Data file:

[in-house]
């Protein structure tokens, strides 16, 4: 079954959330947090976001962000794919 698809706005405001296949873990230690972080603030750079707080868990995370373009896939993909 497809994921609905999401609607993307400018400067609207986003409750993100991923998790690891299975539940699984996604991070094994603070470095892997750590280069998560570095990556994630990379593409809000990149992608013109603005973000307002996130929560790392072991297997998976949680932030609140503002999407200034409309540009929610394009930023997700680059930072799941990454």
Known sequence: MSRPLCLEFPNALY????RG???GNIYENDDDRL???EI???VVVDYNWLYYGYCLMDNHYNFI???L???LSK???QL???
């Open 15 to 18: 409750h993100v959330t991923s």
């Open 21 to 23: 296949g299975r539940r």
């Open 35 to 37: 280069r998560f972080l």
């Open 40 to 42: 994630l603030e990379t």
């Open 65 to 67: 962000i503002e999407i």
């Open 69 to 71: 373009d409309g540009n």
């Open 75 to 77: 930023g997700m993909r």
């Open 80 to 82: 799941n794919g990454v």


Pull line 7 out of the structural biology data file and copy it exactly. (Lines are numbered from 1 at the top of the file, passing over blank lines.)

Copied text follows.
């Open 40 to 42: 994630l603030e990379t």